The Minister of State for International Cooperation of Qatar, H.E. Ms. Lolwah Rashid Al-Khater, said: “We are deeply concerned about the worsening humanitarian crisis in Sudan. The urgency of this situation cannot be overstated. It is imperative that the international community increases its efforts immediately to provide vital assistance and support to the Sudanese people, including the displaced and the refugees across the neighbouring countries. We call for the immediate cessation of fighting, and for all political forces to engage in dialogue and peaceful means to resolve the conflict. The State of Qatar supports the ongoing regional and international efforts aimed at ending the conflict and stabilizing Sudan.”
The Minister of Foreign Affairs of Saudi Arabia, His Highness Prince Faisal Bin Farhan Al Saud, said: “The Kingdom will continue to stand with the people of Sudan in the hardships they face. We hope this meeting will succeed in generating the support needed for our collective humanitarian response. We also stress the importance of abiding by the Jeddah Declaration, including the protection of humanitarian personnel, assets, supplies and other facilities, and guaranteeing the security of corridors for transport and areas for storage and distribution. We also look forward to the current conflict reaching a sustainable political solution, which ushers in a more peaceful and prosperous future for the people of Sudan; we maintain our commitment to support that process.”
The Supervisor General of Saudi Arabia’s King Salman Humanitarian Aid and Relief Centre, Dr. Abdullah Al Rabeeah, said: “Finding solutions for the humanitarian crisis in Sudan includes securing full and safe access for aid and workers, increasing international funding, and supporting sustainable peace initiatives. Millions of refugees and IDPs are in need of urgent emergency assistance in Sudan and in neighbouring countries, and host countries also need our support to care for the influx of those fleeing from the violence. With every day that passes, more and more people are at risk, but working together, we can make a positive difference in the lives of Sudan’s most vulnerable. It is our shared responsibility to do everything we can to alleviate suffering and work towards peace and stability in Sudan.”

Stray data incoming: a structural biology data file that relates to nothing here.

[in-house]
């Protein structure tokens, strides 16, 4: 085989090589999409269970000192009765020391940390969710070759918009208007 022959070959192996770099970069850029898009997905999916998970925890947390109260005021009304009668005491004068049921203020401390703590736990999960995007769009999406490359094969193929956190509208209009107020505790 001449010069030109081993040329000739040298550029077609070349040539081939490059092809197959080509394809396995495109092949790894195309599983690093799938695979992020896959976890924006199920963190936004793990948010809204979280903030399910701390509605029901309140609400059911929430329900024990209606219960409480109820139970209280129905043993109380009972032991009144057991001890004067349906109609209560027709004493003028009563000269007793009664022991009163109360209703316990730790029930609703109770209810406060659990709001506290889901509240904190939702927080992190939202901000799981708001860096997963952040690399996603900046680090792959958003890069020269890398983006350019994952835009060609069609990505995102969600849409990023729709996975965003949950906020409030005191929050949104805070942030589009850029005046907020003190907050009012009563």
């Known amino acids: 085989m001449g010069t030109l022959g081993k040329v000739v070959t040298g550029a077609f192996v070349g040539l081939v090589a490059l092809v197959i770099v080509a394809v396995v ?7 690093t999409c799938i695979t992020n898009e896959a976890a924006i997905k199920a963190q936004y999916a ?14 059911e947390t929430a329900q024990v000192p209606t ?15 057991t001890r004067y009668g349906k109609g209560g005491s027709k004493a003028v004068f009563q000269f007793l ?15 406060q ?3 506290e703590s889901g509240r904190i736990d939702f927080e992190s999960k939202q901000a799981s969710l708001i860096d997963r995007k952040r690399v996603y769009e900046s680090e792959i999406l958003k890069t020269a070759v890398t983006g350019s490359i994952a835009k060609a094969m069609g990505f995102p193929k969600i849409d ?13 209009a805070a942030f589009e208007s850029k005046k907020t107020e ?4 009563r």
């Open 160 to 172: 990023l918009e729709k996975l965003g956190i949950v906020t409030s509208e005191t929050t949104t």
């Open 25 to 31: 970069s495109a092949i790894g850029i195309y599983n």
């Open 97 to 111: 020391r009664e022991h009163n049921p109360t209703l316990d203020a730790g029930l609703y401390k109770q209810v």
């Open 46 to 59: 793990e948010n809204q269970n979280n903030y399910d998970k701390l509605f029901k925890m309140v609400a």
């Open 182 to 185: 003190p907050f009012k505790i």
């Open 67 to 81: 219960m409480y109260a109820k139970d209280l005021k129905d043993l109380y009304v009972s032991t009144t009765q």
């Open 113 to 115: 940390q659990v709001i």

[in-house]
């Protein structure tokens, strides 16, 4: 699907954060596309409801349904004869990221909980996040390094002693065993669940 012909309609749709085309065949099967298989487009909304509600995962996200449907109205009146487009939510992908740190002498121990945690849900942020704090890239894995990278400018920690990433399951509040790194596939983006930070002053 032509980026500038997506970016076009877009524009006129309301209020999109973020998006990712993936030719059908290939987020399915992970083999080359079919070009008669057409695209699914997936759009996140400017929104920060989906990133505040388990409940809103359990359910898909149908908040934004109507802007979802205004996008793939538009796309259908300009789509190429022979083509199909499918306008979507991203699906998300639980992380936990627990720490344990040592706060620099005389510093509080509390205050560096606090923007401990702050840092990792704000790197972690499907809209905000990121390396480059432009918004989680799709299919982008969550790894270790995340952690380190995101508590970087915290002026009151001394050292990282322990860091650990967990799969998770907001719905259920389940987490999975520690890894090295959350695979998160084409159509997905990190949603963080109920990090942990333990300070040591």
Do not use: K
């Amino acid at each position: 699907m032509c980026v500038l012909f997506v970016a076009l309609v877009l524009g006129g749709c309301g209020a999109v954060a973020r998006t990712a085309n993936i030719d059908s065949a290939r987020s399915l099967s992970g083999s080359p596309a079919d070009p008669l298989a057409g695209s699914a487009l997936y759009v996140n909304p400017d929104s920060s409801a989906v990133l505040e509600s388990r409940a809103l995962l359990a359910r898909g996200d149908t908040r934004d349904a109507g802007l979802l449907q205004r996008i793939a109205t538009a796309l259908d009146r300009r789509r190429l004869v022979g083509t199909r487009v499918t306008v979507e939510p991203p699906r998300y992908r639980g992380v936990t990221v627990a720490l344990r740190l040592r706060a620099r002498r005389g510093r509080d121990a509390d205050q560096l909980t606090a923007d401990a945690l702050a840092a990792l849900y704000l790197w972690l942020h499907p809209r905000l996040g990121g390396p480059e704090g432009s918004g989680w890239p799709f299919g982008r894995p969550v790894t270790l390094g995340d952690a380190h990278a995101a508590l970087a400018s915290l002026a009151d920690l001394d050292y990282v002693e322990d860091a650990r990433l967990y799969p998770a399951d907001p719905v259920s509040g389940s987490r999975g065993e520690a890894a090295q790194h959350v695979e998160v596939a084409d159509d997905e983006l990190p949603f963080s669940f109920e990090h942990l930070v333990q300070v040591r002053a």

The Minister of Foreign Affairs of Egypt, H.E. Mr. Sameh Shoukry, said: “Sudan’s neighbouring countries should not bear the brunt of the crisis alone. Overburdening those countries and their public service provision capacities drives illegal migration. We need to uphold the principle of equitable sharing of burdens and responsibilities as the only solution towards alleviating the humanitarian burden and responding to the displacement crisis in an effective and sustainable manner.”
The EU Commissioner for Crisis Management, Janez Lenarčič, said: “The EU remains committed to providing humanitarian assistance and protection to those affected by the conflict in Sudan and those who have fled to neighbouring countries. However, for our assistance to be effective, we need safe, timely and unhindered access for humanitarian operations. This should be guaranteed by all parties to the conflict at all times, in accordance with humanitarian principles. The high-level event taking place today will highlight these crucial access issues, as well as remind belligerents of their obligations under international humanitarian and human rights law.”
The African Union Commissioner for Political Affairs, Peace, and Security, Bankole Adeoye, said: “The guns must fall silent through a political process for urgently needed lifesaving humanitarian assistance to reach those who need it in all parts of the country. The Sudanese people need peace from conflict and relief from want before it is too late.”